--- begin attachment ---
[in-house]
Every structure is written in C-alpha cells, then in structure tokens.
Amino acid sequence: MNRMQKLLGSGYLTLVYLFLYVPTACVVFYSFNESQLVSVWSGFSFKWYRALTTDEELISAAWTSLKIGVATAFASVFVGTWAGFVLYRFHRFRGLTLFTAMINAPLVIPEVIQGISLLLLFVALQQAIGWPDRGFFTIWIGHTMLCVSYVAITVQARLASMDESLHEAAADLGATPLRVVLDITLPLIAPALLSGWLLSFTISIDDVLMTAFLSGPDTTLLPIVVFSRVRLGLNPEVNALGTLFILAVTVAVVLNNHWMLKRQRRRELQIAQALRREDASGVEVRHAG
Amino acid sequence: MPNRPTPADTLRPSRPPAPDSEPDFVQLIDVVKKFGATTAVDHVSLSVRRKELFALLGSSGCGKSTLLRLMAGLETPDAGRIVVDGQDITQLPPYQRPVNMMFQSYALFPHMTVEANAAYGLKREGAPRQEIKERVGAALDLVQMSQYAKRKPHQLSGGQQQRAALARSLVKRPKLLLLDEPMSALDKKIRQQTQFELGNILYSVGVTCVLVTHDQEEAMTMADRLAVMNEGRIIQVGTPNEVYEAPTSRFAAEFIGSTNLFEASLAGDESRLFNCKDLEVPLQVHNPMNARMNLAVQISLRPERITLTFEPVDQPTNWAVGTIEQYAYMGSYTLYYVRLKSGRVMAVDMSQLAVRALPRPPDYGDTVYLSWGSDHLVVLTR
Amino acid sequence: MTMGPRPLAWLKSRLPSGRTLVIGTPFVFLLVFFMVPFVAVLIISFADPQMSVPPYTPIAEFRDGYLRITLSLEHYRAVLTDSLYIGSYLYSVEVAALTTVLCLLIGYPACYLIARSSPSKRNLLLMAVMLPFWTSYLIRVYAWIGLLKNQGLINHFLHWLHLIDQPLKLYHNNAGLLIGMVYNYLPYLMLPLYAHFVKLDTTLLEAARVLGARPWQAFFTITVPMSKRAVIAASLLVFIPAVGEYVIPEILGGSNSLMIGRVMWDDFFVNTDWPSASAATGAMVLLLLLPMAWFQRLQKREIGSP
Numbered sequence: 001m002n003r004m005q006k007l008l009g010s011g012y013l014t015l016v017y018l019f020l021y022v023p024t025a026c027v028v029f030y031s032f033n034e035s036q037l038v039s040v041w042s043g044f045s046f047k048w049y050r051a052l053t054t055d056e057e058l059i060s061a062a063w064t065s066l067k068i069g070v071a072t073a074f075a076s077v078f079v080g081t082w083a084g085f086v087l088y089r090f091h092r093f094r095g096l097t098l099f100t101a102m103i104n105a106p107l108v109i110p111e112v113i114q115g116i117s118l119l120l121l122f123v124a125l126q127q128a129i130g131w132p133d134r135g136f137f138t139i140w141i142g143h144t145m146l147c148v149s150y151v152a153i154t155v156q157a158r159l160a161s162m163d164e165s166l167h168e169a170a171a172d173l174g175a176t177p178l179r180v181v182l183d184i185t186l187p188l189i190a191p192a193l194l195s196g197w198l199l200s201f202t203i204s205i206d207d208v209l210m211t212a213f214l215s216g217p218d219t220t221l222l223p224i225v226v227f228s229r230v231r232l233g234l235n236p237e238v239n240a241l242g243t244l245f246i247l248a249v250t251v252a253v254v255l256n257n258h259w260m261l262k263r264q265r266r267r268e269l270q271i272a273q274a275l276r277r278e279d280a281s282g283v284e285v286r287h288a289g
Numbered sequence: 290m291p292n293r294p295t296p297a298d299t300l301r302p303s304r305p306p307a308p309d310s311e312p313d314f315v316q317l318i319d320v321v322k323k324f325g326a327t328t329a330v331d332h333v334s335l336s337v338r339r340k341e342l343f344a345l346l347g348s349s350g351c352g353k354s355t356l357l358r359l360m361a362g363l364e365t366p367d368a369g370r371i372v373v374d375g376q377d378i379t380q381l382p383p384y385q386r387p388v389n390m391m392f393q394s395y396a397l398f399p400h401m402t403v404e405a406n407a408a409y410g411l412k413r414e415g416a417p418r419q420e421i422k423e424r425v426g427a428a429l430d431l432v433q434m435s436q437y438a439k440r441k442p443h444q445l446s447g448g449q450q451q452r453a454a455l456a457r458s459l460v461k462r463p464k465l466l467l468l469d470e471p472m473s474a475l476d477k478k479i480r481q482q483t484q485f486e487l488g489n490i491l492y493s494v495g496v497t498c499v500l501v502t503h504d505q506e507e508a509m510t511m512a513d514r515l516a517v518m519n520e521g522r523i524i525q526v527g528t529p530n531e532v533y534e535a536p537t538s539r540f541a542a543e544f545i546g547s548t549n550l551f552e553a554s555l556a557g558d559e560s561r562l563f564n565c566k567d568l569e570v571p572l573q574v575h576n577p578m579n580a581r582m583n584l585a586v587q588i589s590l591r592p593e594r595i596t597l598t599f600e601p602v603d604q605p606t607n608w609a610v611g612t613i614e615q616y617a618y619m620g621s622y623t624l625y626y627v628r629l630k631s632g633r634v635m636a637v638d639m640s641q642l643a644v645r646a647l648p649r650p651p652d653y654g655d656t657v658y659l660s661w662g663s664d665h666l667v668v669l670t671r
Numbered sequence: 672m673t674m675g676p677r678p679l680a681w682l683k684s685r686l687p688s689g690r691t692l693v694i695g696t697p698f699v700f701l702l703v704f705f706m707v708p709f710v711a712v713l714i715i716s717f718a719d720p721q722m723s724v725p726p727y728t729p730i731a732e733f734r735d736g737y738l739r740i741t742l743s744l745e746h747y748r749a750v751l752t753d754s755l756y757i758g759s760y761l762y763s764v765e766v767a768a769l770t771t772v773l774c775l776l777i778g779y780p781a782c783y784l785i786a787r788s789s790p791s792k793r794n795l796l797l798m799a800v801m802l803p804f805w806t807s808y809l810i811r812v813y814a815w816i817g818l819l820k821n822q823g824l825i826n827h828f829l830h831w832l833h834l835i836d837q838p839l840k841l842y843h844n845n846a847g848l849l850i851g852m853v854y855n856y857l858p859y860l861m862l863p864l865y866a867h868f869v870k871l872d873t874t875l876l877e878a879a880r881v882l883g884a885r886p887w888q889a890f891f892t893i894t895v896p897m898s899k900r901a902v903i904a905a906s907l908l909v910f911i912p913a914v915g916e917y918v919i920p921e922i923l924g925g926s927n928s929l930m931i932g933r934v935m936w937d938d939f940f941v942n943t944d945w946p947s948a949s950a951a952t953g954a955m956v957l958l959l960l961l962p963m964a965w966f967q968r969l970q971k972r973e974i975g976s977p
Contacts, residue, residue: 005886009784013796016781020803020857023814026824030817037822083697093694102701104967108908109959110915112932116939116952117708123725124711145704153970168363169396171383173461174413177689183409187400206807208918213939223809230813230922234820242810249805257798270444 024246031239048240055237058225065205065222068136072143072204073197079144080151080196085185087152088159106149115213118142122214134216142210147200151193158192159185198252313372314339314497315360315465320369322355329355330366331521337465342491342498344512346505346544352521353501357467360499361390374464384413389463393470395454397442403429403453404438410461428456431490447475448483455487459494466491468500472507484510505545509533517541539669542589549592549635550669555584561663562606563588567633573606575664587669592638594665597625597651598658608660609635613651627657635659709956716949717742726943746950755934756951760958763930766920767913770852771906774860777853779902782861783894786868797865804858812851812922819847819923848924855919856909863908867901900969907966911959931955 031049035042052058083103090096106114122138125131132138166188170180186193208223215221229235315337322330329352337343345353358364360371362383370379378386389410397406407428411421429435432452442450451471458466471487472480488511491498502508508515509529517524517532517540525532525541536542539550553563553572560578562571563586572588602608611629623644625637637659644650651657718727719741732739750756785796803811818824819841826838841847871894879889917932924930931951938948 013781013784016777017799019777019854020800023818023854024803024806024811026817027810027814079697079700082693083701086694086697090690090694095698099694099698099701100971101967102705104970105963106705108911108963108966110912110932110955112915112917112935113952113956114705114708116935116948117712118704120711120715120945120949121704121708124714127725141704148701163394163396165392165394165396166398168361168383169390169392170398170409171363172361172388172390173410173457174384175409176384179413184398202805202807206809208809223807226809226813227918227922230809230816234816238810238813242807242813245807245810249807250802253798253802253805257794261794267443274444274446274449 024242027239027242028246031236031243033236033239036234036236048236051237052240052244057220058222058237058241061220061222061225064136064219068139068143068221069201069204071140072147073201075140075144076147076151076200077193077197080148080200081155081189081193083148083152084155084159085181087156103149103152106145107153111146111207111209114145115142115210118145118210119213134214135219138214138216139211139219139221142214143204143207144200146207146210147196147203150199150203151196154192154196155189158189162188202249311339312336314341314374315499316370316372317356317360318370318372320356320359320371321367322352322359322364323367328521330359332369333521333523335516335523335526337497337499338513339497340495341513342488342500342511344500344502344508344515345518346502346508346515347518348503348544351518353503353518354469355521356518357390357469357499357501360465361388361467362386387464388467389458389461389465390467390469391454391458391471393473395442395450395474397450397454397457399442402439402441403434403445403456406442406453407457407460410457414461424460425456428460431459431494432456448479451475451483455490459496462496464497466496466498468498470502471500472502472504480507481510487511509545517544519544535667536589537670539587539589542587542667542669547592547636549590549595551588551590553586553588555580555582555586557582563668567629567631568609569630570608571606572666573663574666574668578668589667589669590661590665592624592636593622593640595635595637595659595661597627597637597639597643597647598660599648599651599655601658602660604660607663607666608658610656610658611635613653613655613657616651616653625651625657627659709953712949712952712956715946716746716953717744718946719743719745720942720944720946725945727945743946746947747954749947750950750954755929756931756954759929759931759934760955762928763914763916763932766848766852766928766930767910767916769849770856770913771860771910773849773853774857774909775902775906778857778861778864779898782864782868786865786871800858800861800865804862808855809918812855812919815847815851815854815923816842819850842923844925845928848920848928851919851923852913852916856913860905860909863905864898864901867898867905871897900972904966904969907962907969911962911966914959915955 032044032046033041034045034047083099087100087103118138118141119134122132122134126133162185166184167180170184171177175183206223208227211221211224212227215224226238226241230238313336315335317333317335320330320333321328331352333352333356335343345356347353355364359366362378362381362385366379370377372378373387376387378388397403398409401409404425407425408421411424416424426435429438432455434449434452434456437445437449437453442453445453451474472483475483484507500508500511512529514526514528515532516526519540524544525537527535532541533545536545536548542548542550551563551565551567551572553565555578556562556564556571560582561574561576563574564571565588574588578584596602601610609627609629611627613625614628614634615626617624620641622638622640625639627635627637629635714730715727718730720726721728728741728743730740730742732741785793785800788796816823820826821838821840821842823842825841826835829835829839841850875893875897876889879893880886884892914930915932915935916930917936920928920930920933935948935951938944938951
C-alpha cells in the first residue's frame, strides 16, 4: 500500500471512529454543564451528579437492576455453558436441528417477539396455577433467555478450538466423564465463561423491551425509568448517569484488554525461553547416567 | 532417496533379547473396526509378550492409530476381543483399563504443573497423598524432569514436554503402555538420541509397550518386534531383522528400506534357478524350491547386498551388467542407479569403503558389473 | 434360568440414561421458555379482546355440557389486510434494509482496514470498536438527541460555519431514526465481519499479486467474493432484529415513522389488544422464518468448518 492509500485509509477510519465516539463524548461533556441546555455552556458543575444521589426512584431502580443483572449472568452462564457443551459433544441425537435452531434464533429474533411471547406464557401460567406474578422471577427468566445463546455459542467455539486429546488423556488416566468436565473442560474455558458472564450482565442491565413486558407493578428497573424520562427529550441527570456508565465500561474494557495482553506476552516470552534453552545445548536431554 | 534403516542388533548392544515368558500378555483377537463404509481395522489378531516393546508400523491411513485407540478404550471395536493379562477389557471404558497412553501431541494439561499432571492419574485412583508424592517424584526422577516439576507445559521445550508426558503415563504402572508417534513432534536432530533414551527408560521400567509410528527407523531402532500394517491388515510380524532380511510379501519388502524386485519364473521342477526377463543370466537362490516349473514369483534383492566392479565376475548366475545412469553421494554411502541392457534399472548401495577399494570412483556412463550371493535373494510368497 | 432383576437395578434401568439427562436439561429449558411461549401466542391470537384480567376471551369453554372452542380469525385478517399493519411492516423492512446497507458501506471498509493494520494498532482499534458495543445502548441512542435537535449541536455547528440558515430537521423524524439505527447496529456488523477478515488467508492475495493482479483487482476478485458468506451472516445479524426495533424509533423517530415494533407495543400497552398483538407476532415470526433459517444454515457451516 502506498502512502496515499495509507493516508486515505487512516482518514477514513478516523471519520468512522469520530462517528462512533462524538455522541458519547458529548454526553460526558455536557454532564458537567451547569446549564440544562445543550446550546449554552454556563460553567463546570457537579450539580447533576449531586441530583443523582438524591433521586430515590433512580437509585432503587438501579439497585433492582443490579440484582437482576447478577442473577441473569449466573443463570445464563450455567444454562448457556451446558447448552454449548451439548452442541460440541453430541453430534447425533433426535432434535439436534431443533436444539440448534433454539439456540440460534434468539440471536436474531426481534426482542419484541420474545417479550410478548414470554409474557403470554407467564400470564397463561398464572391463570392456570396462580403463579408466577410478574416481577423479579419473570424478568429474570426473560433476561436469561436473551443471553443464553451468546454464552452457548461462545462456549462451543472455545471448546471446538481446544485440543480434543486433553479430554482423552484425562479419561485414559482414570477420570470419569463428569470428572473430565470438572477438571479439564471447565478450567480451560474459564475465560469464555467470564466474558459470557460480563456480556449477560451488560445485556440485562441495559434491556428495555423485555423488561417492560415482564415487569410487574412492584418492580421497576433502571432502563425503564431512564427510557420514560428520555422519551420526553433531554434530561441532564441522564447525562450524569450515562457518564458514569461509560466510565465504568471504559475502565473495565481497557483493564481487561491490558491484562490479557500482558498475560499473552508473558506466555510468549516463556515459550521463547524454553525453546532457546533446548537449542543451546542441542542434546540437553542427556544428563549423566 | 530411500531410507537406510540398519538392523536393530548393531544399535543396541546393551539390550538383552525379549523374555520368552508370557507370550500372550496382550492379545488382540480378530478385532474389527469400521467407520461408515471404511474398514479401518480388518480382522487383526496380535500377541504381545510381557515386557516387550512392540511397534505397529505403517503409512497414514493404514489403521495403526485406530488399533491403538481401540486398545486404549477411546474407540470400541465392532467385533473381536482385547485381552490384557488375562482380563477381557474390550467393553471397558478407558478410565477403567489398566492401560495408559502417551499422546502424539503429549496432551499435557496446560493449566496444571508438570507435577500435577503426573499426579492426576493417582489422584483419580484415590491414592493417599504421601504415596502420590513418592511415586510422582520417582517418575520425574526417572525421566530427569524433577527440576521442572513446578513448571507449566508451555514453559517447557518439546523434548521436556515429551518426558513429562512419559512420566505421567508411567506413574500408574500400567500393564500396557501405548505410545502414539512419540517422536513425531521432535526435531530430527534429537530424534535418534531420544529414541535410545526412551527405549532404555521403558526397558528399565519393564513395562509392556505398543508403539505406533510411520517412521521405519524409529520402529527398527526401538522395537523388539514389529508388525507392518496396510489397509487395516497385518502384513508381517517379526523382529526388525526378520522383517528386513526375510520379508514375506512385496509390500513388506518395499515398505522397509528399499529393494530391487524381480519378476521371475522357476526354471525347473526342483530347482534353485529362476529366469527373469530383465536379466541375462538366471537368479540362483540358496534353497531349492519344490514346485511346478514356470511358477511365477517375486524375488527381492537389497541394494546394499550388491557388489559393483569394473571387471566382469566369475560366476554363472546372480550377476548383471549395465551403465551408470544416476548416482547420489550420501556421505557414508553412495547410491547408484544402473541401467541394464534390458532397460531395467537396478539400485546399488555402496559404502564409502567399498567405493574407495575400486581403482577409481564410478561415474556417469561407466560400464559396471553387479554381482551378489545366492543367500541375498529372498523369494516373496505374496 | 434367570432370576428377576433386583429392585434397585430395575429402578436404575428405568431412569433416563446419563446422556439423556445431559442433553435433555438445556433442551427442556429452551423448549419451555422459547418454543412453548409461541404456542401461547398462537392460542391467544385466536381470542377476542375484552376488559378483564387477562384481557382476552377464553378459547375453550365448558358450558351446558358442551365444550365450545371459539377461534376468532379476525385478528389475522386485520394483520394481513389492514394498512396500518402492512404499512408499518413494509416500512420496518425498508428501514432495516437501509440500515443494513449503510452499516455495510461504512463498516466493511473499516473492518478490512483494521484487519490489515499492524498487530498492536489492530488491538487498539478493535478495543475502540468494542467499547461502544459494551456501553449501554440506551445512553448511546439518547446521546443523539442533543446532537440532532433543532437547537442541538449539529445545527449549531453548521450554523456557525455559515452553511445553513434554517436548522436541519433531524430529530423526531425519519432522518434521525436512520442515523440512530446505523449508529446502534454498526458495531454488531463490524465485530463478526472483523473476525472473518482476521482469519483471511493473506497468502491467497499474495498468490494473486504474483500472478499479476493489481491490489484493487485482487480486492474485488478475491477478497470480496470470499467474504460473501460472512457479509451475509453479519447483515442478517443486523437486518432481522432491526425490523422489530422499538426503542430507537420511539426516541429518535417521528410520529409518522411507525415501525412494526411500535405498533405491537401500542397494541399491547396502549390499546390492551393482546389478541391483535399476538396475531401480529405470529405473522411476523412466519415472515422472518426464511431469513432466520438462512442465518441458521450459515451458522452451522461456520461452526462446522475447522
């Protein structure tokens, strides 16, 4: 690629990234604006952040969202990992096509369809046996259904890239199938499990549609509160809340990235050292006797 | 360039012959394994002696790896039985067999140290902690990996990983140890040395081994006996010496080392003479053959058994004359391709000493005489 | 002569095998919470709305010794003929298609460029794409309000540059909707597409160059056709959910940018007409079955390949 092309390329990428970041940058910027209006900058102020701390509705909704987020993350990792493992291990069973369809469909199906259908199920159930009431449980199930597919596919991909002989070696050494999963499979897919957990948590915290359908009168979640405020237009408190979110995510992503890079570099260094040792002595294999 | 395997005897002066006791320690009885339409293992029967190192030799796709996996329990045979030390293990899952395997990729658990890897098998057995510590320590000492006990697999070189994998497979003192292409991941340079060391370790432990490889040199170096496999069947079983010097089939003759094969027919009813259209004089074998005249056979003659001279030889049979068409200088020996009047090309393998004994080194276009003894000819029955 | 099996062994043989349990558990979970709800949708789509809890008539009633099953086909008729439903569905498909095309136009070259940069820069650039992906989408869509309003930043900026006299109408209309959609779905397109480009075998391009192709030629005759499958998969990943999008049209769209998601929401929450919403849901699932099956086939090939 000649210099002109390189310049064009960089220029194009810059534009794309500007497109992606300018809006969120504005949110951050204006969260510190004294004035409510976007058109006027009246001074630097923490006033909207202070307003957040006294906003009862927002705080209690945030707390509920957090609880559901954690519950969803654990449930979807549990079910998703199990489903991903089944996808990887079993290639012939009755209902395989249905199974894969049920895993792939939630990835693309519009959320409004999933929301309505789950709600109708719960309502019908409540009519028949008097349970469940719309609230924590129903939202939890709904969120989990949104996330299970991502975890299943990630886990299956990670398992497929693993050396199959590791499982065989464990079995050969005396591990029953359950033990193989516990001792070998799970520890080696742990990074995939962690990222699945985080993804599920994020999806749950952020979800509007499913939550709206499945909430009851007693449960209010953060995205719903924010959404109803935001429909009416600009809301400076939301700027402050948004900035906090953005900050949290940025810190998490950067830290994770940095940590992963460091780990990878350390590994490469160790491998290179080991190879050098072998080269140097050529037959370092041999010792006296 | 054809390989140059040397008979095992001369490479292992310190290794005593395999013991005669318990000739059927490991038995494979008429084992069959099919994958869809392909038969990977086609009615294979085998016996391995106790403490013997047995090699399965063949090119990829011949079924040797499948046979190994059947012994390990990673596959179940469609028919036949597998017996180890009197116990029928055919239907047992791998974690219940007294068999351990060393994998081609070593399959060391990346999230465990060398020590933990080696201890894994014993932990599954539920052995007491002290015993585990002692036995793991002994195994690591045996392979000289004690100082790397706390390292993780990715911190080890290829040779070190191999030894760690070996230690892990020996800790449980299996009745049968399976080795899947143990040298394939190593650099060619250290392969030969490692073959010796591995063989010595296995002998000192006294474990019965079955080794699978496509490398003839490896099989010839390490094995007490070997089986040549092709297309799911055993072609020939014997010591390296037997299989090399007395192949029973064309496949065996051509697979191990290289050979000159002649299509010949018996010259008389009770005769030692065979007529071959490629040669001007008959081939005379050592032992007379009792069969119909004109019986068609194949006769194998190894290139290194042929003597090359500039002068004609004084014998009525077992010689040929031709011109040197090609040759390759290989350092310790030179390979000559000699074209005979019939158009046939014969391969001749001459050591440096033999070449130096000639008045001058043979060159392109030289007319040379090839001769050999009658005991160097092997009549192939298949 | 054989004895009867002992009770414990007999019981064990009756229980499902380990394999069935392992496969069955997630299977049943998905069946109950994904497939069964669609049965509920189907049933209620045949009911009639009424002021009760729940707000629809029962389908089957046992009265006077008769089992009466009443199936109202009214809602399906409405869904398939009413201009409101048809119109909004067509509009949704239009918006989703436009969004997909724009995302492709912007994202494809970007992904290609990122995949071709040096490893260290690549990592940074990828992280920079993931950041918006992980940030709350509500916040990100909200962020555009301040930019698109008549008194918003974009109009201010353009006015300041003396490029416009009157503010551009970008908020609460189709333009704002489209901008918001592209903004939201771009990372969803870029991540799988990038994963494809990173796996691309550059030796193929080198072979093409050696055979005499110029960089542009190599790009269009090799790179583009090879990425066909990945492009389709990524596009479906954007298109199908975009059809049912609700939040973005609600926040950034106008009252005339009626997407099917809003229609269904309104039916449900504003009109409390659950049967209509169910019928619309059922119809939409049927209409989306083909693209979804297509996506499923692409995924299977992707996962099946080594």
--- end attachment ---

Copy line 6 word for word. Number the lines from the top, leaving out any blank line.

Numbered sequence: 001m002n003r004m005q006k007l008l009g010s011g012y013l014t015l016v017y018l019f020l021y022v023p024t025a026c027v028v029f030y031s032f033n034e035s036q037l038v039s040v041w042s043g044f045s046f047k048w049y050r051a052l053t054t055d056e057e058l059i060s061a062a063w064t065s066l067k068i069g070v071a072t073a074f075a076s077v078f079v080g081t082w083a084g085f086v087l088y089r090f091h092r093f094r095g096l097t098l099f100t101a102m103i104n105a106p107l108v109i110p111e112v113i114q115g116i117s118l119l120l121l122f123v124a125l126q127q128a129i130g131w132p133d134r135g136f137f138t139i140w141i142g143h144t145m146l147c148v149s150y151v152a153i154t155v156q157a158r159l160a161s162m163d164e165s166l167h168e169a170a171a172d173l174g175a176t177p178l179r180v181v182l183d184i185t186l187p188l189i190a191p192a193l194l195s196g197w198l199l200s201f202t203i204s205i206d207d208v209l210m211t212a213f214l215s216g217p218d219t220t221l222l223p224i225v226v227f228s229r230v231r232l233g234l235n236p237e238v239n240a241l242g243t244l245f246i247l248a249v250t251v252a253v254v255l256n257n258h259w260m261l262k263r264q265r266r267r268e269l270q271i272a273q274a275l276r277r278e279d280a281s282g283v284e285v286r287h288a289g